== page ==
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Mordheim & Skirmish Wargaming


Though I enjoy the Warhammer universe (largely thanks to Fantasy Flight's recent RPG), I have zero desire to play either of the large-scale wargames (Fantasy Battle or 40k). It's just way too much commitment in terms of both time and money. I mean, what if I built a huge undead army and then decided I didn't like undead anymore?* Besides, I tend to like tactical gaming the way I like my fantasy fiction - action-packed and to the point. That's why I'll read pulp fantasy like "Kyrik: Warlock Warrior" over "Game of Thrones" any day.

A few weeks back, I found a used copy of the Mordheim rulebook at Half Price Books. I had heard of the game before but never seen it or played it. Now the Warhammer universe is  a grim, dark place, but Mordheim (now out of print, but available at the Games Workshop website in PDF form) cranks up the volume by throwing an apocalypse into the mix (it's not surprising that the game was published in 1999).


A comet thought to be a good omen instead crashes into the city of Mordheim**, devastating it and showering it in radioactive meteorite shards. Apparently, the shards become a valuable resource and people come from all over the world to get their hands on them. Not surprisingly, chaos ensues and treasure hunters fight the flat-out crazy mutant inhabitants in the ruins of the city to accumulate piles of glowing green meteorite shards.

I haven't pored through all the rules yet, but at its core, Mordheim is a skirmish minis game. You create a warband of 10-15 minis and then duke it out with other warbands. The game is played as a campaign, and from session to session your intrepid band of cutthroats accumulate radioactive meteorite shards, experience, weapons and powers. One could almost call it a tabletop action RPG.

In any case, I've been inspired enough to dig out some Warhammer zombies that have been sitting in my closet and actually assemble and base them. As an experiment in terrain making, I also tried creating a section of broken wall using Foam-Core and spackle. They're currently unpainted, but I'll post updates when I get around to finishing them.


*Yeah, right. Like that would happen.

**Honestly, what outcome did they expect? They named their city like they were naming a Norwegian black metal band.

As a result of a stubborn Movable Type bug, I've disabled commenting for now. I figure no commenting is a better user experience than buggy commenting. In the meantime, look for a new monster entry soon – the vile Maloculus! maloculus-old.jpgHere's the original sketch from 2006. A 'remastered' version of this image (which is truly a terror to, um, behold) will be released with the forthcoming monster entry.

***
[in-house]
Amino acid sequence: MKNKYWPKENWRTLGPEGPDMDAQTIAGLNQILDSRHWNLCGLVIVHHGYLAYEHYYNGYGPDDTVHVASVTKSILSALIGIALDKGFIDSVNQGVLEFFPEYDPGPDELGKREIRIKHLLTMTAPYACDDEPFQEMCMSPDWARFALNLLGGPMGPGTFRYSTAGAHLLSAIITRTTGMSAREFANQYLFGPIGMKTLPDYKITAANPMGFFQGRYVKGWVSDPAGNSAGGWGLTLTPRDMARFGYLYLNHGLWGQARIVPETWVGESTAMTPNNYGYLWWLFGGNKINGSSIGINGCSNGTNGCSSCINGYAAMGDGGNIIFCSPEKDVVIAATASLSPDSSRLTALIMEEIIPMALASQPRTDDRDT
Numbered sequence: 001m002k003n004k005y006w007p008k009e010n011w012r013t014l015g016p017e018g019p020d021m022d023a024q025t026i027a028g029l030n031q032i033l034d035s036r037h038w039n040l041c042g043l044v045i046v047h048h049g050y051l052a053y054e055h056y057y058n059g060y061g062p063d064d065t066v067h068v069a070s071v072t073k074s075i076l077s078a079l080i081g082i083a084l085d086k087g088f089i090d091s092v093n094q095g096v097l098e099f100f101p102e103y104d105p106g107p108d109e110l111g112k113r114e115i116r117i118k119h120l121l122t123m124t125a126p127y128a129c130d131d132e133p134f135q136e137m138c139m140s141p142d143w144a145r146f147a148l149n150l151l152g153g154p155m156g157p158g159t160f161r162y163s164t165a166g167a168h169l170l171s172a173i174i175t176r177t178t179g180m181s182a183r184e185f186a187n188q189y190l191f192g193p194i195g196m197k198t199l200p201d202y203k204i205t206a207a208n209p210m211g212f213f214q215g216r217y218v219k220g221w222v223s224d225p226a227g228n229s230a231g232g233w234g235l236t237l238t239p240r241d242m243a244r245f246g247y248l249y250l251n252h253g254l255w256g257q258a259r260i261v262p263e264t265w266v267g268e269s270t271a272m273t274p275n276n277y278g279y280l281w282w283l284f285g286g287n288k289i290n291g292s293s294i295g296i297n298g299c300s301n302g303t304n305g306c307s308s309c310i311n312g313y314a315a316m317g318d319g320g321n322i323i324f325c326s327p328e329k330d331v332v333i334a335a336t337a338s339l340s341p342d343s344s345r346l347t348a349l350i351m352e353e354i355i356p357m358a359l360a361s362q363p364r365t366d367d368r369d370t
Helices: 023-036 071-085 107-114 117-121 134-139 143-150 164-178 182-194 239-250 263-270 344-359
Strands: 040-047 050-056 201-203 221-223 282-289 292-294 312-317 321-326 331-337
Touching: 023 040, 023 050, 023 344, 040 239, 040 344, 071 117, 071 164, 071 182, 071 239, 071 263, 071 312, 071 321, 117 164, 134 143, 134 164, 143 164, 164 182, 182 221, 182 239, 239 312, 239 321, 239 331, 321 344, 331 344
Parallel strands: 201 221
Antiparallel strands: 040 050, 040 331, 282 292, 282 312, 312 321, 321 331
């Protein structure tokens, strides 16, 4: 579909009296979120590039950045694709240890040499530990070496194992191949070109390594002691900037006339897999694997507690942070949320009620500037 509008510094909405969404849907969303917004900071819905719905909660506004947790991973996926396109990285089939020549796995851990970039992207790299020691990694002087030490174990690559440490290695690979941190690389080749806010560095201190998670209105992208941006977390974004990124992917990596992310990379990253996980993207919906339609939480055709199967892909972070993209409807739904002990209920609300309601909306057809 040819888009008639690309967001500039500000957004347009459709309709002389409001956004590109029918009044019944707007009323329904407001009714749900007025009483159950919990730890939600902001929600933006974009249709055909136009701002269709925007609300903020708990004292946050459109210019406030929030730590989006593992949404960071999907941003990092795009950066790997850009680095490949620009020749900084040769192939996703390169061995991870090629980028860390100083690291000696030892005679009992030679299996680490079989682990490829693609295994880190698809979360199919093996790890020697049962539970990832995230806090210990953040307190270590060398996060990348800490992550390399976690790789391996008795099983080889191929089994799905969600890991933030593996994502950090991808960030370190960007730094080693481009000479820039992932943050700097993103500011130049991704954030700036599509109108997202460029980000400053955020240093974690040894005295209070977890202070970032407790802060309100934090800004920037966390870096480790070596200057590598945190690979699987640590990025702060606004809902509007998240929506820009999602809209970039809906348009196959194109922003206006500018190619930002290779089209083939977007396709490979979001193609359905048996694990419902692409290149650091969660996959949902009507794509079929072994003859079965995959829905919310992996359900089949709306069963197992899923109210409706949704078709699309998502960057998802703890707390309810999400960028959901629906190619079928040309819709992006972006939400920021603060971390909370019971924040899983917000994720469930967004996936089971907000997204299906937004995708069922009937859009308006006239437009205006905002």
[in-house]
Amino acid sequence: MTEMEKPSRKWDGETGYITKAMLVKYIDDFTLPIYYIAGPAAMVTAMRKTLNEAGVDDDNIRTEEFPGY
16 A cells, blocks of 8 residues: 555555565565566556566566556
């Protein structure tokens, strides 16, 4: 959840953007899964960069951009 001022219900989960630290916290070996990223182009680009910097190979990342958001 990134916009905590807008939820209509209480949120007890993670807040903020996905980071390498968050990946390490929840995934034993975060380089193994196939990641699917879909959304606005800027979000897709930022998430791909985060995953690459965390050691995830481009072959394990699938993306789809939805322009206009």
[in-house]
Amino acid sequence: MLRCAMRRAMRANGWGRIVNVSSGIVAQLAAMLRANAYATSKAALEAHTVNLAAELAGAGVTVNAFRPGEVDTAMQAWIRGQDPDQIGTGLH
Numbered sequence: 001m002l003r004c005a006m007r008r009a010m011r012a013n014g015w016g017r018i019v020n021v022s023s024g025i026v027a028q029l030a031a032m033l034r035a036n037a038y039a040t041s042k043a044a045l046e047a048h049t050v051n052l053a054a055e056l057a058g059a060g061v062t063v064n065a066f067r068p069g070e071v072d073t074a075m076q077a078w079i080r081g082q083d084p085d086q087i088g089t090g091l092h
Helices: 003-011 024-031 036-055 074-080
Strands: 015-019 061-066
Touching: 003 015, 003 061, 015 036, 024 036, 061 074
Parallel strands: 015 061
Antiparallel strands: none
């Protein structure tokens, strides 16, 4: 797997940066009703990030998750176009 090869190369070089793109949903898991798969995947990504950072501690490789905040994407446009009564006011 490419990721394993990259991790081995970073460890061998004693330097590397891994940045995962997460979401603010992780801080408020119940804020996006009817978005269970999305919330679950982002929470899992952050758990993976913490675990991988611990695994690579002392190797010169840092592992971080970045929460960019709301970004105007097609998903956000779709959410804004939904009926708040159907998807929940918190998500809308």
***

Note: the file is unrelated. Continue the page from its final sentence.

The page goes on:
We all know that adventurers are nothing without monsters to fight, right? Well, the same goes for monsters. Without adventurers, what would they do? Probably die of old age and actually keep their treasure, but that's beside the point.

This is the center panel of a three panel GM screen that I designed for personal use, and it kind of sums up my personal view of what low level fantasy adventurers look like. No storybook knights in shining armor or high-fantasy epic heroes here. These adventurers are hard-living, amoral, tomb-looting opportunists with beat up equipment and an axe to grind.

Even though my artwork doesn't take place on a particular "world," pieces like this can help put the monsters in context and maybe provide a little imagination fuel along the way.

Dungeon Crawling Rules

As far as gaming is concerned, I prefer dungeon crawls. There's just something iconic about sending a fighter, cleric, thief and magic-user into a mouldering dungeon like some kind of pseudo-medieval special ops team to hack their way through monsters and steal treasure. Provided they can survive.

Of course, dungeon crawling is not much fun without opposition, so having plenty of monsters is important. Those early RPG books (particularly the monster-focused ones) provided me with a lot of imagination fuel as a kid and inspired me to draw. That love of monster books continues to this day and is obviously a major driving force behind this blog.